This Nobel Prize is dedicated for all the suffering women: Denis Mukwege

The Korean leaders step over the demilitiarized zone during their historic meeting in April. EPA

The Korean leaders step over the demilitiarized zone during their historic meeting in April. EPA

- The estimated 550,000-strong Yazidi community are members of a Kurdish religious minority who have lived primarily in Iraq, Turkey and Syria.

"This year marks a decade since the UN Security Council adopted Resolution 1820 (2008), which determined that the use of sexual violence as a weapon of war and armed conflict constitutes both a war crime and a threat to global peace and security".

Denis Mukwege, a gynaecologist in Bukavu city which is a part of Democratic Republic of Congo has been working from two decades to treat women who have been molested during the war.

At 25 years old, Murad is the second youngest person to ever win the Nobel Peace Prize, after Pakistani education activist Malala Yousafzai. Masrour Barzani, chancellor of the Kurdistan Regional Security Council, tweeted that he congratulated Murad for her work on behalf of Yazidis and victims of human trafficking, giving them a "powerful voice". She escaped with the help of a Sunni Muslim family in Mosul, and became an advocate for the rights of her community around the world.

"Today we must also draw a red line against rape as a weapon of war", he said, describing it as a "cheap and efficient" form of terror which condemns its victims to "a life sentence".

The committee noted that "Denis Mukwege is the helper who has devoted his life to defending these victims".

Her nightmare began when the jihadists stormed her village in northern Iraq in August 2014.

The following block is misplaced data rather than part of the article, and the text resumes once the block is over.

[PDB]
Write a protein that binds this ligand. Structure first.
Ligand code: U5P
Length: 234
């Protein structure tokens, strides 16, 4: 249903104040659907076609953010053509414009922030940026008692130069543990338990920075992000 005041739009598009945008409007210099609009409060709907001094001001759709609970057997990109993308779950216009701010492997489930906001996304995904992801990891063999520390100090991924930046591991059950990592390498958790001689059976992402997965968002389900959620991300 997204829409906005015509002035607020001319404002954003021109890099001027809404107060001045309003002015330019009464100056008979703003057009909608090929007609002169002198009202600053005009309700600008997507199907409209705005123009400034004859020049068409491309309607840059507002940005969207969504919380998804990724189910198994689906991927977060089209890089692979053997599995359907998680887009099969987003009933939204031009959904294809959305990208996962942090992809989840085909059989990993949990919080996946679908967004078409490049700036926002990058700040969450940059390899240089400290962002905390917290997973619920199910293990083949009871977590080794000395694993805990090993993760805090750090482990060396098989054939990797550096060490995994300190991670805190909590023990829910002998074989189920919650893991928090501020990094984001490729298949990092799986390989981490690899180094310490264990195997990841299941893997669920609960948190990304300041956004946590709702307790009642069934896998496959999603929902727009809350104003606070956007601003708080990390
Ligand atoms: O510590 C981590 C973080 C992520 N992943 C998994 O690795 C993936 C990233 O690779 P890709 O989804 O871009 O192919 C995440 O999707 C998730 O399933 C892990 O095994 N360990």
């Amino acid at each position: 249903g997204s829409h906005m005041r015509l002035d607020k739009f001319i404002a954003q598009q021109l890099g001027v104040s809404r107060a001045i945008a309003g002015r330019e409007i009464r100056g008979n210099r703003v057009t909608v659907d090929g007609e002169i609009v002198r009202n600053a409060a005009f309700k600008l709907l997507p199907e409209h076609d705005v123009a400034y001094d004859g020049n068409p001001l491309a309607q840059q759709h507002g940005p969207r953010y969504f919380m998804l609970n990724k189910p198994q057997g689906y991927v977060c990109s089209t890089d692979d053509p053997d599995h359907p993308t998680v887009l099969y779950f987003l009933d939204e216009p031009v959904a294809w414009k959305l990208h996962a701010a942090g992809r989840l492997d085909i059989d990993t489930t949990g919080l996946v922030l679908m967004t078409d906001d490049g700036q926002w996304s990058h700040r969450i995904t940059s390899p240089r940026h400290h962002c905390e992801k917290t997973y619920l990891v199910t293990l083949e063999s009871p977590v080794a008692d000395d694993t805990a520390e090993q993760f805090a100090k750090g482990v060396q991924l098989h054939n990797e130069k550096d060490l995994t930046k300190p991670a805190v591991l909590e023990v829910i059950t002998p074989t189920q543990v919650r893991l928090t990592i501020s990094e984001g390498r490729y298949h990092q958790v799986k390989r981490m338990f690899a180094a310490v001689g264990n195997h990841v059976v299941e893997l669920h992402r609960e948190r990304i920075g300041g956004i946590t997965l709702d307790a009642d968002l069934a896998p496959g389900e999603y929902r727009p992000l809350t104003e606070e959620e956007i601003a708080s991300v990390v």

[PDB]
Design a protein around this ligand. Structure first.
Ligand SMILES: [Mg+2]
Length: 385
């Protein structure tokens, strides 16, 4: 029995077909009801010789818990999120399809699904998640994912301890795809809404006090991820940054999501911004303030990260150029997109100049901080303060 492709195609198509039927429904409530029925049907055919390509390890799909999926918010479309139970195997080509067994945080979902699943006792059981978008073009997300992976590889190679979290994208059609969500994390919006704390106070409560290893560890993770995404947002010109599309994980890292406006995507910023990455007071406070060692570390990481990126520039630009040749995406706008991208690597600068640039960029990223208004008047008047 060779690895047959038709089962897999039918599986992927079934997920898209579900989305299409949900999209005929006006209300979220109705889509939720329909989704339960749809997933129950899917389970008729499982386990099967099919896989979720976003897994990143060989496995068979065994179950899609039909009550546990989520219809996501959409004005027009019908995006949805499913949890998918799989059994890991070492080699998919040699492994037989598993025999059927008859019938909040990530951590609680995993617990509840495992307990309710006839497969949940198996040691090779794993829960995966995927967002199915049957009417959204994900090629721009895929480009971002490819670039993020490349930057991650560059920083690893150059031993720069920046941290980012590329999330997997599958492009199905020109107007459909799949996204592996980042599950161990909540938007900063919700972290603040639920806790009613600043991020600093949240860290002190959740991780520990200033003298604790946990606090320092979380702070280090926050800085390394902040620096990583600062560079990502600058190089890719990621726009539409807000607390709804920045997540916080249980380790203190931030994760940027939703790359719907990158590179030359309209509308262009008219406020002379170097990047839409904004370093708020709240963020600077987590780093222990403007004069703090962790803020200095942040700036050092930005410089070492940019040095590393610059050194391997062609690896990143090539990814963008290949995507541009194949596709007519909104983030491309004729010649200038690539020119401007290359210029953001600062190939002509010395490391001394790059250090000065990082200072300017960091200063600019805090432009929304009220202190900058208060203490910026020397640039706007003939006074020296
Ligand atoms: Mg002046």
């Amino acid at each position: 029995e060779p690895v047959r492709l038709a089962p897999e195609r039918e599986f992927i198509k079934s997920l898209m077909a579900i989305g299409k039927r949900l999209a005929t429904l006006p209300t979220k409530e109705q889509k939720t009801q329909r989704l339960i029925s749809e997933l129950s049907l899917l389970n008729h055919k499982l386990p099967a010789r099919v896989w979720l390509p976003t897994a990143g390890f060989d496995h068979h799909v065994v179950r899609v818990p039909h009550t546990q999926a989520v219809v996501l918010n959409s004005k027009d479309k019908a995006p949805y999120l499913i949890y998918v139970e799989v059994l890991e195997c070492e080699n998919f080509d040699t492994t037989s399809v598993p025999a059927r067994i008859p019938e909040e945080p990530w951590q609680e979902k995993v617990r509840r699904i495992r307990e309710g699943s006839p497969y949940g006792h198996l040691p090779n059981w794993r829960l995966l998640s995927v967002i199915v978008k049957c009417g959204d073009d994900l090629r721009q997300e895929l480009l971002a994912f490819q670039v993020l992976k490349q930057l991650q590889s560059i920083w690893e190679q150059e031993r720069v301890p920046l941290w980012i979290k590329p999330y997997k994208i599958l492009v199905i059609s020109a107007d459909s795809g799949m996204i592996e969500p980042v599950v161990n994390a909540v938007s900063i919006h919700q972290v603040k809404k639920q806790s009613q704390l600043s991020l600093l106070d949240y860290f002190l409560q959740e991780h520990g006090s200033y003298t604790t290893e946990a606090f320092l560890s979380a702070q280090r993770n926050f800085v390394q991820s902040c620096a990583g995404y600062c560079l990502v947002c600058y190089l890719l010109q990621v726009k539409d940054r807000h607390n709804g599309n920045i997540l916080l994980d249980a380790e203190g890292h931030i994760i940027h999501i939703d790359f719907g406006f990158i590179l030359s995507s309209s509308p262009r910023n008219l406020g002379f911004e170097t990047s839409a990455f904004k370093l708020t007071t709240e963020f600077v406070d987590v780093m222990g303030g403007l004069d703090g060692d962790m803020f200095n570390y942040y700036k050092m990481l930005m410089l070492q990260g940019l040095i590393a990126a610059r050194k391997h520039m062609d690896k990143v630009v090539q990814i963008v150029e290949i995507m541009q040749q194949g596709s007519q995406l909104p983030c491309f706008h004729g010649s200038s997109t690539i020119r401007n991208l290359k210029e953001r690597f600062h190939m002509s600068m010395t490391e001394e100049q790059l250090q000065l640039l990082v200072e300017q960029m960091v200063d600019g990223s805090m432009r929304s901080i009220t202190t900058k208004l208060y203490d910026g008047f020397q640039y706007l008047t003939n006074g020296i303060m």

A Congolese OB-GYN and a woman who was once held captive by ISIS are now winners of the Nobel Peace Prize.

She said: "We could hear the commotion downstairs where militants were registering and organising, and when the first man entered the room, all the girls started screaming". "Nadia Murad is the witness who tells of the abuses perpetrated against herself and other", Reiss-Andersen said after announcing the winners.

Both honorees are the first from their countries - Congo and Iraq - to receive a Nobel Prize and will split the award, which is worth 9 million Swedish kronor ($1.01 million).

She recounted her story in The Last Girl: My Story of Captivity and My Fight Against the Islamic State, which came out in 2017.

She was captured alongside her sisters and lost six brothers and her mother.

"We've suffered so much over the past four years and this has been a moment of recognition, the ultimate moment of recognition of our genocide, of our suffering", he told the Thomson Reuters Foundation. "To feel they are loved, to feel they can finally find love and affection", he said.

United Nations rights chief Michelle Bachelet said it was "hard to imagine two more worthy winners", describing the prize as "richly-deserved recognition of two extraordinarily courageous, persistent and effective campaigners". Both winners have a unique connection to Canada.

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